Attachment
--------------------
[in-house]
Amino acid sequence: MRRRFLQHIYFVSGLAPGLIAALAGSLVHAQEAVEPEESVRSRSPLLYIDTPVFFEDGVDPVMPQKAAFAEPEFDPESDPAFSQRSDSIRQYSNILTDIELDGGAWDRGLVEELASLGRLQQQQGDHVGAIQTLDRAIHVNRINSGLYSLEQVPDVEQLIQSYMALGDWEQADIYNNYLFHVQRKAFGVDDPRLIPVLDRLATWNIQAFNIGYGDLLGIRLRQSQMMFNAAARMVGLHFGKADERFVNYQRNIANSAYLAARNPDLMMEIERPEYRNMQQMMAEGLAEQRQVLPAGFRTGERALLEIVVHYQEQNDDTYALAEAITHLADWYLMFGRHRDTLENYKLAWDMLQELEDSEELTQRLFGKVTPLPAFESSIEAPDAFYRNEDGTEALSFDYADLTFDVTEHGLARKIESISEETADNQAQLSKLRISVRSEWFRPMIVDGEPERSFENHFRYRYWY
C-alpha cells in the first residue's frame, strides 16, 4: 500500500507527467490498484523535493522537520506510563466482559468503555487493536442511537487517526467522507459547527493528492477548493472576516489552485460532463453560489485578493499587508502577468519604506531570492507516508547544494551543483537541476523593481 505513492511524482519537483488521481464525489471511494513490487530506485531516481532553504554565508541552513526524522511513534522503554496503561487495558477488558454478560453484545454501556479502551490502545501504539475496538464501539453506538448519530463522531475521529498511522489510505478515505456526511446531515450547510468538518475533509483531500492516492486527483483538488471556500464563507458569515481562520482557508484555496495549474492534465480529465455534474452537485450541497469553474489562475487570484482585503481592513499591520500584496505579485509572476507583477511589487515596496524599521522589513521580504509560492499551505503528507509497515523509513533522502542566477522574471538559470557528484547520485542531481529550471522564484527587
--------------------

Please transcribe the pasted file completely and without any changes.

[in-house]
Amino acid sequence: MRRRFLQHIYFVSGLAPGLIAALAGSLVHAQEAVEPEESVRSRSPLLYIDTPVFFEDGVDPVMPQKAAFAEPEFDPESDPAFSQRSDSIRQYSNILTDIELDGGAWDRGLVEELASLGRLQQQQGDHVGAIQTLDRAIHVNRINSGLYSLEQVPDVEQLIQSYMALGDWEQADIYNNYLFHVQRKAFGVDDPRLIPVLDRLATWNIQAFNIGYGDLLGIRLRQSQMMFNAAARMVGLHFGKADERFVNYQRNIANSAYLAARNPDLMMEIERPEYRNMQQMMAEGLAEQRQVLPAGFRTGERALLEIVVHYQEQNDDTYALAEAITHLADWYLMFGRHRDTLENYKLAWDMLQELEDSEELTQRLFGKVTPLPAFESSIEAPDAFYRNEDGTEALSFDYADLTFDVTEHGLARKIESISEETADNQAQLSKLRISVRSEWFRPMIVDGEPERSFENHFRYRYWY
C-alpha cells in the first residue's frame, strides 16, 4: 500500500507527467490498484523535493522537520506510563466482559468503555487493536442511537487517526467522507459547527493528492477548493472576516489552485460532463453560489485578493499587508502577468519604506531570492507516508547544494551543483537541476523593481 505513492511524482519537483488521481464525489471511494513490487530506485531516481532553504554565508541552513526524522511513534522503554496503561487495558477488558454478560453484545454501556479502551490502545501504539475496538464501539453506538448519530463522531475521529498511522489510505478515505456526511446531515450547510468538518475533509483531500492516492486527483483538488471556500464563507458569515481562520482557508484555496495549474492534465480529465455534474452537485450541497469553474489562475487570484482585503481592513499591520500584496505579485509572476507583477511589487515596496524599521522589513521580504509560492499551505503528507509497515523509513533522502542566477522574471538559470557528484547520485542531481529550471522564484527587